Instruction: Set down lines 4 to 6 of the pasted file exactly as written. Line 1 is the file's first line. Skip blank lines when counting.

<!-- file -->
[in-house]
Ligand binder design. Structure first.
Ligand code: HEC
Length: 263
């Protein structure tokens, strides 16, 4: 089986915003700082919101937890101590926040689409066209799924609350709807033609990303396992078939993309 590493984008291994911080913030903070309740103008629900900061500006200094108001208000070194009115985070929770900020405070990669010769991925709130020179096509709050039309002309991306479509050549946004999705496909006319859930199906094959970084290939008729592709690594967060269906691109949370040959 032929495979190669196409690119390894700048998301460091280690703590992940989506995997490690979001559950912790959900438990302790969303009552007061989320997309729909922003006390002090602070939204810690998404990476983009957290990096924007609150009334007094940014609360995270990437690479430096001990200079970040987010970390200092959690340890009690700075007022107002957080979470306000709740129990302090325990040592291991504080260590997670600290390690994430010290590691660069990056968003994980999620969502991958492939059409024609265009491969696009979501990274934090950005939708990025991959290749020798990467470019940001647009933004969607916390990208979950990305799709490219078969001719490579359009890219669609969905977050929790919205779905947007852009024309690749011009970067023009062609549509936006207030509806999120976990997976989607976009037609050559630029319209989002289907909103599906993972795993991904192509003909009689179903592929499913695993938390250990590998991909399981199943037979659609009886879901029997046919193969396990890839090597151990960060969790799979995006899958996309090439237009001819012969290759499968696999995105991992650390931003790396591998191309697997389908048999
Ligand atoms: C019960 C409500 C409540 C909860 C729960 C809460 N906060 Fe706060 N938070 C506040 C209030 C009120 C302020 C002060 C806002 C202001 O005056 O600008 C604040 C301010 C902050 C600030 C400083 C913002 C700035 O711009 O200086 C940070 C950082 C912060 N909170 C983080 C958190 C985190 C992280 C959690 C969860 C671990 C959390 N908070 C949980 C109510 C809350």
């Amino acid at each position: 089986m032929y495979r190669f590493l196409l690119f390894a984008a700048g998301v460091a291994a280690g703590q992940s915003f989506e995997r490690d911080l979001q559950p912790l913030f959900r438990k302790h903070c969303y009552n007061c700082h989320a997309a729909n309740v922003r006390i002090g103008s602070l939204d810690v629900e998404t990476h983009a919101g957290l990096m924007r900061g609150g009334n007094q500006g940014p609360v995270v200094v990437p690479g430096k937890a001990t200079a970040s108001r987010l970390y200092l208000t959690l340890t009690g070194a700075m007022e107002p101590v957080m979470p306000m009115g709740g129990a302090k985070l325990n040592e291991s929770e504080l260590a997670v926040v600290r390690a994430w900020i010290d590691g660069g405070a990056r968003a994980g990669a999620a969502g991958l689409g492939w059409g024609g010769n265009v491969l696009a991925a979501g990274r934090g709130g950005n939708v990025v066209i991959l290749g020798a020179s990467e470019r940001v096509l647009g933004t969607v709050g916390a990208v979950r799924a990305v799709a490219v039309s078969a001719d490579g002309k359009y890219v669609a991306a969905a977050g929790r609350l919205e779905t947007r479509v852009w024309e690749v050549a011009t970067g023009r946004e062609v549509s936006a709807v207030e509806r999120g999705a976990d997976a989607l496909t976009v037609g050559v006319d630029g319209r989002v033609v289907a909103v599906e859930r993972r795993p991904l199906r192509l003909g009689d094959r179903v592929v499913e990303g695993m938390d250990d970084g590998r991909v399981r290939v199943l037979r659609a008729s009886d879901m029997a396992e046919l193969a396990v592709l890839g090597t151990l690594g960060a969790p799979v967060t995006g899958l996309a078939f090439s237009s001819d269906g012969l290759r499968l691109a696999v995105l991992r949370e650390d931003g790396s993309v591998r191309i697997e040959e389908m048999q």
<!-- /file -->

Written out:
Length: 263
């Protein structure tokens, strides 16, 4: 089986915003700082919101937890101590926040689409066209799924609350709807033609990303396992078939993309 590493984008291994911080913030903070309740103008629900900061500006200094108001208000070194009115985070929770900020405070990669010769991925709130020179096509709050039309002309991306479509050549946004999705496909006319859930199906094959970084290939008729592709690594967060269906691109949370040959 032929495979190669196409690119390894700048998301460091280690703590992940989506995997490690979001559950912790959900438990302790969303009552007061989320997309729909922003006390002090602070939204810690998404990476983009957290990096924007609150009334007094940014609360995270990437690479430096001990200079970040987010970390200092959690340890009690700075007022107002957080979470306000709740129990302090325990040592291991504080260590997670600290390690994430010290590691660069990056968003994980999620969502991958492939059409024609265009491969696009979501990274934090950005939708990025991959290749020798990467470019940001647009933004969607916390990208979950990305799709490219078969001719490579359009890219669609969905977050929790919205779905947007852009024309690749011009970067023009062609549509936006207030509806999120976990997976989607976009037609050559630029319209989002289907909103599906993972795993991904192509003909009689179903592929499913695993938390250990590998991909399981199943037979659609009886879901029997046919193969396990890839090597151990960060969790799979995006899958996309090439237009001819012969290759499968696999995105991992650390931003790396591998191309697997389908048999
Ligand atoms: C019960 C409500 C409540 C909860 C729960 C809460 N906060 Fe706060 N938070 C506040 C209030 C009120 C302020 C002060 C806002 C202001 O005056 O600008 C604040 C301010 C902050 C600030 C400083 C913002 C700035 O711009 O200086 C940070 C950082 C912060 N909170 C983080 C958190 C985190 C992280 C959690 C969860 C671990 C959390 N908070 C949980 C109510 C809350």